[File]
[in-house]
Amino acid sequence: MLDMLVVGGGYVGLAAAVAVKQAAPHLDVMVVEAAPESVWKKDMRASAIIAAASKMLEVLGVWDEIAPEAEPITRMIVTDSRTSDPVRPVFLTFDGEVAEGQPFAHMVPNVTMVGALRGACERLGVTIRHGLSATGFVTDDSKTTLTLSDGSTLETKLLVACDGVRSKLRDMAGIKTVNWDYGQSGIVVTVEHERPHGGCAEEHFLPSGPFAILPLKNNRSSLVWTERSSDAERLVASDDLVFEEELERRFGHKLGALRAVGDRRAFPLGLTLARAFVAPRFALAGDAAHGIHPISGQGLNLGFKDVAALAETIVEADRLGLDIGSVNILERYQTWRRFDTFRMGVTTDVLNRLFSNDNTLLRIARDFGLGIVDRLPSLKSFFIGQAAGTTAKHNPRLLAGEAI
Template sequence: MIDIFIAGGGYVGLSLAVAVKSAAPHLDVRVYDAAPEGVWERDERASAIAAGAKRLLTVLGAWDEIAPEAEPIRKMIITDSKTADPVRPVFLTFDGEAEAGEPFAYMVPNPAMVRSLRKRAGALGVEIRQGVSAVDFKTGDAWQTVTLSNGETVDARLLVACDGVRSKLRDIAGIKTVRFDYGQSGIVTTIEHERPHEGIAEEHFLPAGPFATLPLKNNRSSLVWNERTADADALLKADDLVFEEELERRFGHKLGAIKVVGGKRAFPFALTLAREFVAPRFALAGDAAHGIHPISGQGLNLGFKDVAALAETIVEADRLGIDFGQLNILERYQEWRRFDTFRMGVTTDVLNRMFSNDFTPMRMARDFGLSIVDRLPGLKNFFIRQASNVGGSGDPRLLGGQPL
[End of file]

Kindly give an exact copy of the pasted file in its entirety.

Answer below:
[in-house]
Amino acid sequence: MLDMLVVGGGYVGLAAAVAVKQAAPHLDVMVVEAAPESVWKKDMRASAIIAAASKMLEVLGVWDEIAPEAEPITRMIVTDSRTSDPVRPVFLTFDGEVAEGQPFAHMVPNVTMVGALRGACERLGVTIRHGLSATGFVTDDSKTTLTLSDGSTLETKLLVACDGVRSKLRDMAGIKTVNWDYGQSGIVVTVEHERPHGGCAEEHFLPSGPFAILPLKNNRSSLVWTERSSDAERLVASDDLVFEEELERRFGHKLGALRAVGDRRAFPLGLTLARAFVAPRFALAGDAAHGIHPISGQGLNLGFKDVAALAETIVEADRLGLDIGSVNILERYQTWRRFDTFRMGVTTDVLNRLFSNDNTLLRIARDFGLGIVDRLPSLKSFFIGQAAGTTAKHNPRLLAGEAI
Template sequence: MIDIFIAGGGYVGLSLAVAVKSAAPHLDVRVYDAAPEGVWERDERASAIAAGAKRLLTVLGAWDEIAPEAEPIRKMIITDSKTADPVRPVFLTFDGEAEAGEPFAYMVPNPAMVRSLRKRAGALGVEIRQGVSAVDFKTGDAWQTVTLSNGETVDARLLVACDGVRSKLRDIAGIKTVRFDYGQSGIVTTIEHERPHEGIAEEHFLPAGPFATLPLKNNRSSLVWNERTADADALLKADDLVFEEELERRFGHKLGAIKVVGGKRAFPFALTLAREFVAPRFALAGDAAHGIHPISGQGLNLGFKDVAALAETIVEADRLGIDFGQLNILERYQEWRRFDTFRMGVTTDVLNRMFSNDFTPMRMARDFGLSIVDRLPGLKNFFIRQASNVGGSGDPRLLGGQPL